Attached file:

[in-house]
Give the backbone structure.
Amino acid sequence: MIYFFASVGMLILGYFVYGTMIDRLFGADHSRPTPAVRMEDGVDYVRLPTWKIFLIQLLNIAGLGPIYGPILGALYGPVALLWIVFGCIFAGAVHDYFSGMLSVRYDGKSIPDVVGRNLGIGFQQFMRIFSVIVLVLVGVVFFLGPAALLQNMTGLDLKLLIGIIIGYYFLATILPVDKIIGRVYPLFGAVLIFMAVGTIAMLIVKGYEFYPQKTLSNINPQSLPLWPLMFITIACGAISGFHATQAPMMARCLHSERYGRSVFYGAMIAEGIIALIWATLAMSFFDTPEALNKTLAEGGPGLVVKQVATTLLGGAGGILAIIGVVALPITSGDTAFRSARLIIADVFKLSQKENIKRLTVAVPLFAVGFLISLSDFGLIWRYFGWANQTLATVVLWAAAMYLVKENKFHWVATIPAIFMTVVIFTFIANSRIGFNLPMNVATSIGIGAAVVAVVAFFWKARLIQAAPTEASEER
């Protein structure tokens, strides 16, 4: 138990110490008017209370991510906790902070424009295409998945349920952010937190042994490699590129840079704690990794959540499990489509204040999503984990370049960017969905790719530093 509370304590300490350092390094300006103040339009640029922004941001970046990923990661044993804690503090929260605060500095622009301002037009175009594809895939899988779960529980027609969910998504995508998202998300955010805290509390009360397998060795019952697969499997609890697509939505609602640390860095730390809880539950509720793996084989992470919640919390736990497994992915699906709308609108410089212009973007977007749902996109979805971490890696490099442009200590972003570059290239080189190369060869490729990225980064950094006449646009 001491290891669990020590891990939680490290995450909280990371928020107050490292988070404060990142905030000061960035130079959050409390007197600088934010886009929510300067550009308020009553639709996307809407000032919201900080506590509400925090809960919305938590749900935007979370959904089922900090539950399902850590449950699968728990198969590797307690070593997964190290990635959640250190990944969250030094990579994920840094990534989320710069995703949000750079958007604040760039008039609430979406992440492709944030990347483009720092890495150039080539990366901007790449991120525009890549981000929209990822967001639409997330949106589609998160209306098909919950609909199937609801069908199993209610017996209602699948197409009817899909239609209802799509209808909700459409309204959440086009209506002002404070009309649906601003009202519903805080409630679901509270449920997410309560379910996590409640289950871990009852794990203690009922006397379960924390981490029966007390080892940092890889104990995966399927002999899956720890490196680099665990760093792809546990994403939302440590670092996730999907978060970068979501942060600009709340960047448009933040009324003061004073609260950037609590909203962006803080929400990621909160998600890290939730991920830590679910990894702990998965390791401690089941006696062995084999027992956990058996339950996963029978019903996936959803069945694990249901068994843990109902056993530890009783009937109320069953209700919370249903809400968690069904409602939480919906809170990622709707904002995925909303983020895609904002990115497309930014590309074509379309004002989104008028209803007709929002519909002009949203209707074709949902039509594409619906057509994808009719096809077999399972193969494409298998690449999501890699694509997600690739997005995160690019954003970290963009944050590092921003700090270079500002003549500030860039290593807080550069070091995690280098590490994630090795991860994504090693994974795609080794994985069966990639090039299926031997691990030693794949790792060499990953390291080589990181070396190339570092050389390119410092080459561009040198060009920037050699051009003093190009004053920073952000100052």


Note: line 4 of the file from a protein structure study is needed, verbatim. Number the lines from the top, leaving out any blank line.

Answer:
């Protein structure tokens, strides 16, 4: 138990110490008017209370991510906790902070424009295409998945349920952010937190042994490699590129840079704690990794959540499990489509204040999503984990370049960017969905790719530093 509370304590300490350092390094300006103040339009640029922004941001970046990923990661044993804690503090929260605060500095622009301002037009175009594809895939899988779960529980027609969910998504995508998202998300955010805290509390009360397998060795019952697969499997609890697509939505609602640390860095730390809880539950509720793996084989992470919640919390736990497994992915699906709308609108410089212009973007977007749902996109979805971490890696490099442009200590972003570059290239080189190369060869490729990225980064950094006449646009 001491290891669990020590891990939680490290995450909280990371928020107050490292988070404060990142905030000061960035130079959050409390007197600088934010886009929510300067550009308020009553639709996307809407000032919201900080506590509400925090809960919305938590749900935007979370959904089922900090539950399902850590449950699968728990198969590797307690070593997964190290990635959640250190990944969250030094990579994920840094990534989320710069995703949000750079958007604040760039008039609430979406992440492709944030990347483009720092890495150039080539990366901007790449991120525009890549981000929209990822967001639409997330949106589609998160209306098909919950609909199937609801069908199993209610017996209602699948197409009817899909239609209802799509209808909700459409309204959440086009209506002002404070009309649906601003009202519903805080409630679901509270449920997410309560379910996590409640289950871990009852794990203690009922006397379960924390981490029966007390080892940092890889104990995966399927002999899956720890490196680099665990760093792809546990994403939302440590670092996730999907978060970068979501942060600009709340960047448009933040009324003061004073609260950037609590909203962006803080929400990621909160998600890290939730991920830590679910990894702990998965390791401690089941006696062995084999027992956990058996339950996963029978019903996936959803069945694990249901068994843990109902056993530890009783009937109320069953209700919370249903809400968690069904409602939480919906809170990622709707904002995925909303983020895609904002990115497309930014590309074509379309004002989104008028209803007709929002519909002009949203209707074709949902039509594409619906057509994808009719096809077999399972193969494409298998690449999501890699694509997600690739997005995160690019954003970290963009944050590092921003700090270079500002003549500030860039290593807080550069070091995690280098590490994630090795991860994504090693994974795609080794994985069966990639090039299926031997691990030693794949790792060499990953390291080589990181070396190339570092050389390119410092080459561009040198060009920037050699051009003093190009004053920073952000100052």